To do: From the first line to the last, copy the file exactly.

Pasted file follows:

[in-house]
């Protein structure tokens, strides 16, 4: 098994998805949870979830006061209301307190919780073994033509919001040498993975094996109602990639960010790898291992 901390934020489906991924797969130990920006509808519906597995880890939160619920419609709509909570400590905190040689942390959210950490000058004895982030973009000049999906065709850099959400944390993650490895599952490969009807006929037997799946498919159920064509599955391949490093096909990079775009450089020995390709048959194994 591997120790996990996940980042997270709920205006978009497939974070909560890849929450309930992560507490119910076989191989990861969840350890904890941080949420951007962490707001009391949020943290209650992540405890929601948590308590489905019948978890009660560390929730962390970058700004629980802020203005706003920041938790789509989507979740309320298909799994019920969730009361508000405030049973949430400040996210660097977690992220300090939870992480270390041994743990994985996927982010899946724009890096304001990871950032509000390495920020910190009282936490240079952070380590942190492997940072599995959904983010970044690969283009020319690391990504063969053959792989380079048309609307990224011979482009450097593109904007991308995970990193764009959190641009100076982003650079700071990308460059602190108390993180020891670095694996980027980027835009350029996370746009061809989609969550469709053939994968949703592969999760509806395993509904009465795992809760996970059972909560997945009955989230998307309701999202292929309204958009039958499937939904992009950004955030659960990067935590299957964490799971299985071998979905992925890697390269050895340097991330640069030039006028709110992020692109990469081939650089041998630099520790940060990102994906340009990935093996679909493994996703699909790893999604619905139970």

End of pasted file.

[in-house]
């Protein structure tokens, strides 16, 4: 098994998805949870979830006061209301307190919780073994033509919001040498993975094996109602990639960010790898291992 901390934020489906991924797969130990920006509808519906597995880890939160619920419609709509909570400590905190040689942390959210950490000058004895982030973009000049999906065709850099959400944390993650490895599952490969009807006929037997799946498919159920064509599955391949490093096909990079775009450089020995390709048959194994 591997120790996990996940980042997270709920205006978009497939974070909560890849929450309930992560507490119910076989191989990861969840350890904890941080949420951007962490707001009391949020943290209650992540405890929601948590308590489905019948978890009660560390929730962390970058700004629980802020203005706003920041938790789509989507979740309320298909799994019920969730009361508000405030049973949430400040996210660097977690992220300090939870992480270390041994743990994985996927982010899946724009890096304001990871950032509000390495920020910190009282936490240079952070380590942190492997940072599995959904983010970044690969283009020319690391990504063969053959792989380079048309609307990224011979482009450097593109904007991308995970990193764009959190641009100076982003650079700071990308460059602190108390993180020891670095694996980027980027835009350029996370746009061809989609969550469709053939994968949703592969999760509806395993509904009465795992809760996970059972909560997945009955989230998307309701999202292929309204958009039958499937939904992009950004955030659960990067935590299957964490799971299985071998979905992925890697390269050895340097991330640069030039006028709110992020692109990469081939650089041998630099520790940060990102994906340009990935093996679909493994996703699909790893999604619905139970």